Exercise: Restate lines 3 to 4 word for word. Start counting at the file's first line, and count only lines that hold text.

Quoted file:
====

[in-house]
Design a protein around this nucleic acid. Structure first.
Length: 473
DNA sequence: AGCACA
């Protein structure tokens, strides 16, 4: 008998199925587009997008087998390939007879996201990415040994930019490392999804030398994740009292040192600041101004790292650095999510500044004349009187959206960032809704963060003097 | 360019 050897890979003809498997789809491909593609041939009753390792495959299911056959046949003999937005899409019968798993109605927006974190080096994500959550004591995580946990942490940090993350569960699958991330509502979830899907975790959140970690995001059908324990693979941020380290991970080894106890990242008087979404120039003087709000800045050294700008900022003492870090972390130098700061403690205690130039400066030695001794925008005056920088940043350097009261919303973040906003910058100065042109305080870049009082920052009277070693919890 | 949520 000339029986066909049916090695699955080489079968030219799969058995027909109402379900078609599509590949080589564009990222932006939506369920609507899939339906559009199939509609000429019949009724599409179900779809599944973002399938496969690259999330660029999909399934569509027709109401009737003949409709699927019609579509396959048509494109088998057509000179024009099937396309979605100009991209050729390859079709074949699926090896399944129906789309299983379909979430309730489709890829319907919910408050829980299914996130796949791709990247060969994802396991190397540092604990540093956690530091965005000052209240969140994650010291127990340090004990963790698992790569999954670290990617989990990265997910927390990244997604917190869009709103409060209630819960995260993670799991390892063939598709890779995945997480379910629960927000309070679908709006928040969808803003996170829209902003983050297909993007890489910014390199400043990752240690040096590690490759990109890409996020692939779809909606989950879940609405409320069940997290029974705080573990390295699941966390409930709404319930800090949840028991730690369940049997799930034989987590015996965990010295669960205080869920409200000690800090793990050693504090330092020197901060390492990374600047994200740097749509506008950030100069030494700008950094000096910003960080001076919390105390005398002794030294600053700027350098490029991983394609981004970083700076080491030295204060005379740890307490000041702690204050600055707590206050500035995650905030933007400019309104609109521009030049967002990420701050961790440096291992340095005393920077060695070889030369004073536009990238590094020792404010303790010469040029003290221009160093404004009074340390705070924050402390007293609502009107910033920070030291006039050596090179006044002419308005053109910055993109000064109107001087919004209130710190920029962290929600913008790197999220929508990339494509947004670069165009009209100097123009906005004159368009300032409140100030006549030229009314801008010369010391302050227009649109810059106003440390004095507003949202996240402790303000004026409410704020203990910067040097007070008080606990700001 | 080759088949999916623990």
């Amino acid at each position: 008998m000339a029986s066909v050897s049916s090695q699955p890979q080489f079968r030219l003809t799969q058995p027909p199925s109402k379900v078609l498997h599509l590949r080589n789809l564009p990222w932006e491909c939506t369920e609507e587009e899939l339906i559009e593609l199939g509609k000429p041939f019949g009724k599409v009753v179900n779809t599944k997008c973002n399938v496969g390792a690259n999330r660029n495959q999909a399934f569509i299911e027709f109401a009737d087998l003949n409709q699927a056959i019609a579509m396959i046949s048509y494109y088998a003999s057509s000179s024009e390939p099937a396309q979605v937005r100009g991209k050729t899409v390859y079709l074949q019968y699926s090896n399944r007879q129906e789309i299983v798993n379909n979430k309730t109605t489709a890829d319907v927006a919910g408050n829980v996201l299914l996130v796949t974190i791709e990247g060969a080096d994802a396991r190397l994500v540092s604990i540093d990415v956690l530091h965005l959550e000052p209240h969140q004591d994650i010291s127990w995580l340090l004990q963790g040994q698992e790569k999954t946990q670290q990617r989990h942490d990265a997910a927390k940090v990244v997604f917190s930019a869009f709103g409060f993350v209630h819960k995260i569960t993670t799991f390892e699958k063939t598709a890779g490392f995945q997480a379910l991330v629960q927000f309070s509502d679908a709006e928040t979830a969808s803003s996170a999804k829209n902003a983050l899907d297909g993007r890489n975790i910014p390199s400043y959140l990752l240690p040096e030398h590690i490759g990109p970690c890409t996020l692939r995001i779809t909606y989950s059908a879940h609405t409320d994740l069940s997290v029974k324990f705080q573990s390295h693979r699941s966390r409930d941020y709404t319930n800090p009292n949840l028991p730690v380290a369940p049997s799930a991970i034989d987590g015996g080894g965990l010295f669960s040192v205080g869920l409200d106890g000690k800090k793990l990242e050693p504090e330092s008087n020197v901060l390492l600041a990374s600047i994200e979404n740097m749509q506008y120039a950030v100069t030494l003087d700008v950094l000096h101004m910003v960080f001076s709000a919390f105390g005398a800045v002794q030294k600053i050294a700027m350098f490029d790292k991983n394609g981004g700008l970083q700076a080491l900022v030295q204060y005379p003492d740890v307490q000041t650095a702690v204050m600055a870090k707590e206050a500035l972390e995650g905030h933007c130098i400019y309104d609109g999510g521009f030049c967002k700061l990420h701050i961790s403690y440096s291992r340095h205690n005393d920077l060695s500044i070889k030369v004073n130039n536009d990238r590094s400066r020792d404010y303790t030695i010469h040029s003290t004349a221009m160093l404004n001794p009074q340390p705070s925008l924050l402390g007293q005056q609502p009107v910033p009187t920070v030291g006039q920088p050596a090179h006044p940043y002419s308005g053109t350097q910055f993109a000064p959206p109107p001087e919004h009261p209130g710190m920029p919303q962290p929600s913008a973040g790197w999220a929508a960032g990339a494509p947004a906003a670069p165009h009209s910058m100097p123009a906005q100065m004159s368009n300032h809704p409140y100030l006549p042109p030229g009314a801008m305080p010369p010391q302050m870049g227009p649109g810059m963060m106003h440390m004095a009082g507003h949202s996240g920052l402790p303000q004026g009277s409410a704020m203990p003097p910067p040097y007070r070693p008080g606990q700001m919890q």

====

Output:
Length: 473
DNA sequence: AGCACA